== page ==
The Basics of Bioidentical Hormones

Hormone replacement therapy (HRT) for women with menopausal symptoms can be divided into two eras: Before 2002 and After 2002. That's when the Women's Health Initiative (WHI) halted studies of a specific type of estrogen/progesterone therapy because they were linked to significant health risks. Despite the fact that only one type of medication was tested (Premarin-made from pregnant horse urine); many doctors quit prescribing HRT altogether. Many women were forced to suffer with sometimes debilitating symptoms or seek relief from estrogen sources purchased at health food stores or specialty pharmacies. And then came bioidentical hormones, the answer many scientists, doctors and women were looking for. So, what are they, and how can they help you? 

Many women believe they have to see an herbal or natural health care provider to find bioidentical hormones.  Buy, in fact, your regular gynecologist probably prescribes them every day, and you can buy them at your usual pharmacy.

According to Harvard Medical School's Health Publications, "Bioidentical Hormones are identical in molecular structure to the hormones women make in their bodies. They're not found in this form in nature but are made, or synthesized, from a plant chemical extracted from yams and soy. Bioidentical estrogens are 17 beta-estradiol, estrone, and estriol. (Estradiol is the form of estrogen that decreases at menopause.) Bioidentical progesterone is simply progesterone. It's finely ground in the laboratory for better absorption in the body.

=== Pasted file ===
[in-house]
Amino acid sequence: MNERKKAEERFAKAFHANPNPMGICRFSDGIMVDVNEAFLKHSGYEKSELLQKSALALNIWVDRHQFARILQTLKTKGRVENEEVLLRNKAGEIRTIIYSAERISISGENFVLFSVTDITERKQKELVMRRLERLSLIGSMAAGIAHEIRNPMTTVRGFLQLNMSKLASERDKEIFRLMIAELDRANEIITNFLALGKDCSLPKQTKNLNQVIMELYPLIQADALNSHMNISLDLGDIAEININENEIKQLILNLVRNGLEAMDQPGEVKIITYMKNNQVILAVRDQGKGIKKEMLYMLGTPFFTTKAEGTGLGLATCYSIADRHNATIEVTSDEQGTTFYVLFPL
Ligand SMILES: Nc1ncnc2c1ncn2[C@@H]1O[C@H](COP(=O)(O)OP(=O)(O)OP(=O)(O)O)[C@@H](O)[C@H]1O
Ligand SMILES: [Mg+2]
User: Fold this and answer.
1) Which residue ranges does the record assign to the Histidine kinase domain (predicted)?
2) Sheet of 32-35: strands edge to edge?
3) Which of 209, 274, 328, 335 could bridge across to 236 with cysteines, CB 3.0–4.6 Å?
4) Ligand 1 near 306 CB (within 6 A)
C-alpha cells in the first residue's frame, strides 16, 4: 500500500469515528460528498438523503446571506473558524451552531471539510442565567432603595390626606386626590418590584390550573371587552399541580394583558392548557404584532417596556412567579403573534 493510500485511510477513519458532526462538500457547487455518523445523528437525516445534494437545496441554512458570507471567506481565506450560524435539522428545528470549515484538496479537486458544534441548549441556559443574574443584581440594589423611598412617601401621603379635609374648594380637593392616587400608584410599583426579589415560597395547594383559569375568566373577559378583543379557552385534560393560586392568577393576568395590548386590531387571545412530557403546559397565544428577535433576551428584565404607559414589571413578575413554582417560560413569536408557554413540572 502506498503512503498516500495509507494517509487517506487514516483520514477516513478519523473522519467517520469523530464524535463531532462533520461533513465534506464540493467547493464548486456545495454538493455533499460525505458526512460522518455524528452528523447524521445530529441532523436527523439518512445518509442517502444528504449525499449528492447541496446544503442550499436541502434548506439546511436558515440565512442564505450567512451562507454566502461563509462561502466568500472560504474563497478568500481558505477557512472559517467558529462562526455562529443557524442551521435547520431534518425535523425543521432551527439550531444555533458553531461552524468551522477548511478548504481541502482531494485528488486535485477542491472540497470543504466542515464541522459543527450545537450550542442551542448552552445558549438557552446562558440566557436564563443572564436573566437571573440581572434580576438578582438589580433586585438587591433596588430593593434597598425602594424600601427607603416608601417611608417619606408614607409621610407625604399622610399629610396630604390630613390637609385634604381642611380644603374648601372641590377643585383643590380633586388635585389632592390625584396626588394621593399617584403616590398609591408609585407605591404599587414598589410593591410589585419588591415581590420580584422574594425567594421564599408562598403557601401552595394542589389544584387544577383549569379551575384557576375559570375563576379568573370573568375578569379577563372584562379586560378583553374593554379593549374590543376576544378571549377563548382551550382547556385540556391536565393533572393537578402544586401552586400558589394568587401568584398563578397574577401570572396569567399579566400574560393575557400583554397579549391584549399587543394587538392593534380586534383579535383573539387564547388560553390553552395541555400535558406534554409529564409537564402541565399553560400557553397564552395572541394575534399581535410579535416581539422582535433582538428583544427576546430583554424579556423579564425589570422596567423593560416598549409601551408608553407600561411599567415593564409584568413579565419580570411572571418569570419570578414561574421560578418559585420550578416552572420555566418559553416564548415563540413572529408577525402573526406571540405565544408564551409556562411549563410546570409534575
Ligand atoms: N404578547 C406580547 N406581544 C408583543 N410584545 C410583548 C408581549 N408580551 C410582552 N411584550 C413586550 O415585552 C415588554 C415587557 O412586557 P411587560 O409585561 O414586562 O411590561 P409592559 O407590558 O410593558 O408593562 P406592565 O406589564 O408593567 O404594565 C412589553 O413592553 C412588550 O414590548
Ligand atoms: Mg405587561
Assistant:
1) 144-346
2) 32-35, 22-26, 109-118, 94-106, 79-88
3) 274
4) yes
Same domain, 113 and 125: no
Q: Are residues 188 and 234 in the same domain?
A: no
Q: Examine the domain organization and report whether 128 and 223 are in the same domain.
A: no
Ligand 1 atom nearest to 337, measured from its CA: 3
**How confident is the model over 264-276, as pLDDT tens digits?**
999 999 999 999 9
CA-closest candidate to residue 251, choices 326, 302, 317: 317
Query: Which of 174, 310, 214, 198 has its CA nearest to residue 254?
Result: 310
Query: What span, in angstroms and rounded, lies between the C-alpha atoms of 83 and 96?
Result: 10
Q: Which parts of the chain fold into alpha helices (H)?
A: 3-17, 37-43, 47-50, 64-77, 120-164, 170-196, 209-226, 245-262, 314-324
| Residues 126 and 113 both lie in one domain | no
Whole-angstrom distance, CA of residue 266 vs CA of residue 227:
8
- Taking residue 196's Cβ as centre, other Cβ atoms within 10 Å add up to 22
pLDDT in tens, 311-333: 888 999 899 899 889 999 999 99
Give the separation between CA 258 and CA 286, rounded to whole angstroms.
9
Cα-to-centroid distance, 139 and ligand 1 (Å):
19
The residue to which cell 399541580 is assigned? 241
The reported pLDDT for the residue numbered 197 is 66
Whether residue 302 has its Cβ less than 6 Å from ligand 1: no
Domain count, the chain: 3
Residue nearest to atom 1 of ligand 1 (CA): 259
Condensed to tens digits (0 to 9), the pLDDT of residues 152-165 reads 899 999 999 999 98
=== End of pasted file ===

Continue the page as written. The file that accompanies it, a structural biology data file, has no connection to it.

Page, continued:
Bioidentical hormone therapy is often called "natural hormone therapy" because bioidentical hormones act in the body just like the hormones we produce." 

We've learned a lot about how to replace hormones more safely with bioidentical hormones. The WHI studies only tested one non-bioidentical hormone replacement medication, prescribed in a pill and at one dose. Now we know that this type of estrogen/progesterone changes chemical structure while going through the digestion process and liver. This may be why it caused so many health problems. 

Newer bioidentical hormones are prescribed as a patch, ring or cream and in varying doses that allows them to bypass the liver and enter the bloodstream directly through the skin. Some contain estrogen only. Others are combined with progesterone. They don't come from horses and they're not prescribed as one-dose-fits-all therapy. Your body can't tell the difference between the hormones you made yourself and bioidentical hormones. 

Compounding pharmacies can whip up special doses and combinations of bioidentical hormones (and this is partly how bioidentical hormones gained acceptance), but these compounds aren't necessarily FDA-approved, covered by insurance, or necessary. 

You no longer have to find a "natural medicine" specialist to get bioidentical hormones, though they may provide excellent healthcare and customized hormone replacement therapy. Now you can visit any up-to-date gynecologist for menopausal symptom relief.  Ask about readily available products like Vivelle, Alora, Climara, Esclim, Estraderm, Estragel, Estrasorb, Estring, and Estrace cream (available at your regular pharmacy).  Women with specific health concerns should still use caution when taking any type of hormone replacement therapy, but it's good to know that, once again, there's a choice.


Harvard Health Publications

Harvard Medical School

What are Bioidentical Hormones?